LJR: Despite the efforts of the media, academics and even the social media platforms themselves, misinformation is more widespread than ever. What remains to be done?
TC: There is still a lot to do. I think the most challenging thing is to educate audiences on how to consume quality information, how to detect disinformation and what to do about it. This is very difficult in the midst of polarization and under threat by certain power groups that promote narratives against science and institutions, including the media and journalists. There is still collaborative work to be done to be stronger against that. That is why Factchequeado is not only a news outlet that publishes fact-checking and explainers, but it is an alliance that seeks to grow and work together with other media, big and small, to fight disinformation in Spanish (our allies share our content completely free of charge). We also provide training in fact-checking to those who request it. That's something we have yet to do: train fact-checkers in Spanish who can serve Spanish-speaking communities.
LJR: For many years you were dedicated to investigative journalism, now you are focused on this new journalistic genre of fact-checking. If you could choose, which of the two genres would you pick?
TC: I like both very much, both have given me a lot of satisfaction and with both I have that feeling of "there is a lot to do." I'm fascinated with collaborative work, both what I did with investigative journalism - with the International Consortium of Investigative Journalists (ICIJ) coordinating hundreds of journalists around the world (Panama Papers, Paradise Papers, Solitary Voices, Fincen Files ...) - and what I do now coordinating deals with journalists from South Miami to Wichita, Kentucky, North Carolina, and coast to coast from California to New York, and from big cities to border towns to fight disinformation. So I would say I pick collaborative work and that's what I promote at Factchequeado.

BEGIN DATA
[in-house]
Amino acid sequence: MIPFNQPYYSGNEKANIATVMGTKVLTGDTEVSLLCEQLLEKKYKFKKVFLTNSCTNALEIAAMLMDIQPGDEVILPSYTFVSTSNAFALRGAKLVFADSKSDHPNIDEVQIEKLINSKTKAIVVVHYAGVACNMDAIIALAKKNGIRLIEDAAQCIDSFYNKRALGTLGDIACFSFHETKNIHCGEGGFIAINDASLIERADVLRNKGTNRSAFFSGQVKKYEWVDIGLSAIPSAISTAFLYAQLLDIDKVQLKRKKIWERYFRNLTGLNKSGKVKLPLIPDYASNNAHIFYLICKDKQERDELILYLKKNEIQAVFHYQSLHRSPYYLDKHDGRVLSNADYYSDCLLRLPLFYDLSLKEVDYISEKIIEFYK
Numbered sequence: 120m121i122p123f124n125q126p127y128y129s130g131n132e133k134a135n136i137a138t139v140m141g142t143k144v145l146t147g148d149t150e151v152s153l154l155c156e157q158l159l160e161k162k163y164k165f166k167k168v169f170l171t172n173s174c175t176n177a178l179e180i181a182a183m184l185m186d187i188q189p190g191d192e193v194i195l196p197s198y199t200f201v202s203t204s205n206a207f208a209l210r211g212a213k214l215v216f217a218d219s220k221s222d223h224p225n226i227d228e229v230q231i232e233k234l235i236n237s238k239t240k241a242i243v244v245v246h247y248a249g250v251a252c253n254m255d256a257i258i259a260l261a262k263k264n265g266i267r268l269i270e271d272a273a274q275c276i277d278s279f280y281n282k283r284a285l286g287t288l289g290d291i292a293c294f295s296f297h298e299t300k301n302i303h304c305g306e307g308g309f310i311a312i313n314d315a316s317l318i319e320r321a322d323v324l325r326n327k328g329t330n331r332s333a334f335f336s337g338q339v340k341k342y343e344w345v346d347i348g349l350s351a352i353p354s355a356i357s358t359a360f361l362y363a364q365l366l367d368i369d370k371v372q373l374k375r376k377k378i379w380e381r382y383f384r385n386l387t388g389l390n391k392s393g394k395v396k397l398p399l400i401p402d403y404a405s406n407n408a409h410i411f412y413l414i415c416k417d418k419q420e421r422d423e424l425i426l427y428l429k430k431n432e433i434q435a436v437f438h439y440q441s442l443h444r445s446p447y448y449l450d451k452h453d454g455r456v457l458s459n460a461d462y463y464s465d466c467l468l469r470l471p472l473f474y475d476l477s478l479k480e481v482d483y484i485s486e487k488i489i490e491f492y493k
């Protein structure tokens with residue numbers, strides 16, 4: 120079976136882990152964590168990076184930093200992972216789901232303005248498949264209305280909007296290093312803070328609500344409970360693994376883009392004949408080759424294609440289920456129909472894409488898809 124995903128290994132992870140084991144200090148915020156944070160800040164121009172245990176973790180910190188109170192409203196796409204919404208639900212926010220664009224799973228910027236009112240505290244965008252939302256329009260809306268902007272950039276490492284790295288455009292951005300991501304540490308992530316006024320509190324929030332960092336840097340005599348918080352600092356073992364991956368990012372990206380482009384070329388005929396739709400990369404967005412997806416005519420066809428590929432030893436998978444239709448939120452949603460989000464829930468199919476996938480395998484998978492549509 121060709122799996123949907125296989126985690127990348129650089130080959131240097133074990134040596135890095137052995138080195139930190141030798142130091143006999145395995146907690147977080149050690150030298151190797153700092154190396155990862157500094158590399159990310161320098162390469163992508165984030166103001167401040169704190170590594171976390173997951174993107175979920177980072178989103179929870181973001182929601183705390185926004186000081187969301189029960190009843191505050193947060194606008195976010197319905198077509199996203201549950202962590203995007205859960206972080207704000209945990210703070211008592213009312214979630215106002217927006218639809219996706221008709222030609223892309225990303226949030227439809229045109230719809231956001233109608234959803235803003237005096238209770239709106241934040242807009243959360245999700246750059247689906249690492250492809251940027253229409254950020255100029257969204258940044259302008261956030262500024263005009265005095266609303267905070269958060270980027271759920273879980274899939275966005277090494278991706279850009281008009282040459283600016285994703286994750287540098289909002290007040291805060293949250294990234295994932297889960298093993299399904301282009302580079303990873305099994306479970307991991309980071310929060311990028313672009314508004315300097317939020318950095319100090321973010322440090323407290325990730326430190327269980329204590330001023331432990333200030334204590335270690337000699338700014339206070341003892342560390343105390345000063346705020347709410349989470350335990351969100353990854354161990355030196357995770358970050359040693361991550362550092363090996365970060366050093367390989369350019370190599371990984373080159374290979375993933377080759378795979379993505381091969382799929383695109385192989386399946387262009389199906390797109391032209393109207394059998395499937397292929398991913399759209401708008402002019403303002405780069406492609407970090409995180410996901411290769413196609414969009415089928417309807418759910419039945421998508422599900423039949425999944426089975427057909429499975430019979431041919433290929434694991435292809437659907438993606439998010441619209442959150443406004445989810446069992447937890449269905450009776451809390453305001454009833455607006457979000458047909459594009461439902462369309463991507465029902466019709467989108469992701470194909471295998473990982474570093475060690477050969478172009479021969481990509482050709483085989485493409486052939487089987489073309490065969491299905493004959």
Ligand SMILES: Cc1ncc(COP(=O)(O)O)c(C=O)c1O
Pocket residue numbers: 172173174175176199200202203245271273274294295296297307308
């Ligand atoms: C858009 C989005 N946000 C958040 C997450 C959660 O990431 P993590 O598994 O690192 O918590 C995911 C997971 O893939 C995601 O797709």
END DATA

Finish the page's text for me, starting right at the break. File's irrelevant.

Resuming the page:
LJR: There was a time you were a key figure in Venezuelan independent journalism, fighting against censorship and in favor of freedom of the press. After seven years outside Venezuela, how do you see and what do you think of journalism in the country today? What changes have you observed?
TC: After seven years, I look in the rearview mirror and I feel very good to have given that fight, to have written that letter of resignation denouncing censorship and what was behind the purchase of media to favor Chavismo. To have participated in that wonderful wave of creation of digital news spaces to provide the best journalism.
I see my colleagues from back then running those sites, educating new cohorts and standing out and I feel very, very proud. Gabo, Ortega y Gasset, King of Spain, Global, Ipys, María Moors Cabot, SIP awards have been granted in recent years to Venezuelan independent journalism in the midst of the censorship imposed by the dictatorial regime and the communicational hegemony attempted by the State media.
I also see them forming alliances to amplify their voices and making multiple efforts to reach remote places in Venezuela, facing the risk we know they run in a system that does not offer guarantees or rights and where there is a lot of precariousness... All this gives me deep satisfaction. I can't say enough.
LJR: Does journalism still come first?
TC: Always! Before becoming the phrase with which I resigned from Últimas Noticias, "Journalism comes first" was handed to me by my friend Nathalie Alvaray, then vice president of the company and a master in the art of promoting journalism and defending the editorial side in the midst of business. Whenever she had to make a difficult decision, she would bring that phrase up. So it is very useful to close your first question.